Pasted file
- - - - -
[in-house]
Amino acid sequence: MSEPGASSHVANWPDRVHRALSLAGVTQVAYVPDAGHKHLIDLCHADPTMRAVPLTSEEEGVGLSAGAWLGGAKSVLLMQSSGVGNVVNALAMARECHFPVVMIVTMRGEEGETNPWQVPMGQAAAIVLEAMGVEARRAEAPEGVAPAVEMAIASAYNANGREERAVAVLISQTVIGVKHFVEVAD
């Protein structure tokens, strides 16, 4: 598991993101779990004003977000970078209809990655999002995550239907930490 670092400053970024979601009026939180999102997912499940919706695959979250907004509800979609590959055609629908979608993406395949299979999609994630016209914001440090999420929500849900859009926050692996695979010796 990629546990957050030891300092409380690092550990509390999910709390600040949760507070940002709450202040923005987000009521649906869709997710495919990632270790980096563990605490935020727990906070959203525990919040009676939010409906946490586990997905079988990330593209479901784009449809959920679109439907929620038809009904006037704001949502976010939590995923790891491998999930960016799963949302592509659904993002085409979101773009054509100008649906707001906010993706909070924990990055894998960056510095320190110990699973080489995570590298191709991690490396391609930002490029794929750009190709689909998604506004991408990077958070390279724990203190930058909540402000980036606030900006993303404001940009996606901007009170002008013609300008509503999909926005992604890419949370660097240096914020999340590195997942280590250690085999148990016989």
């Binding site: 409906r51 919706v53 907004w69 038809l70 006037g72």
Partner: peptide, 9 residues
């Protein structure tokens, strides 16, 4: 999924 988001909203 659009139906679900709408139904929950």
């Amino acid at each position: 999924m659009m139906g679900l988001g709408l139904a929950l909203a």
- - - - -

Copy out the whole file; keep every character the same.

[in-house]
Amino acid sequence: MSEPGASSHVANWPDRVHRALSLAGVTQVAYVPDAGHKHLIDLCHADPTMRAVPLTSEEEGVGLSAGAWLGGAKSVLLMQSSGVGNVVNALAMARECHFPVVMIVTMRGEEGETNPWQVPMGQAAAIVLEAMGVEARRAEAPEGVAPAVEMAIASAYNANGREERAVAVLISQTVIGVKHFVEVAD
């Protein structure tokens, strides 16, 4: 598991993101779990004003977000970078209809990655999002995550239907930490 670092400053970024979601009026939180999102997912499940919706695959979250907004509800979609590959055609629908979608993406395949299979999609994630016209914001440090999420929500849900859009926050692996695979010796 990629546990957050030891300092409380690092550990509390999910709390600040949760507070940002709450202040923005987000009521649906869709997710495919990632270790980096563990605490935020727990906070959203525990919040009676939010409906946490586990997905079988990330593209479901784009449809959920679109439907929620038809009904006037704001949502976010939590995923790891491998999930960016799963949302592509659904993002085409979101773009054509100008649906707001906010993706909070924990990055894998960056510095320190110990699973080489995570590298191709991690490396391609930002490029794929750009190709689909998604506004991408990077958070390279724990203190930058909540402000980036606030900006993303404001940009996606901007009170002008013609300008509503999909926005992604890419949370660097240096914020999340590195997942280590250690085999148990016989």
């Binding site: 409906r51 919706v53 907004w69 038809l70 006037g72």
Partner: peptide, 9 residues
């Protein structure tokens, strides 16, 4: 999924 988001909203 659009139906679900709408139904929950």
């Amino acid at each position: 999924m659009m139906g679900l988001g709408l139904a929950l909203a």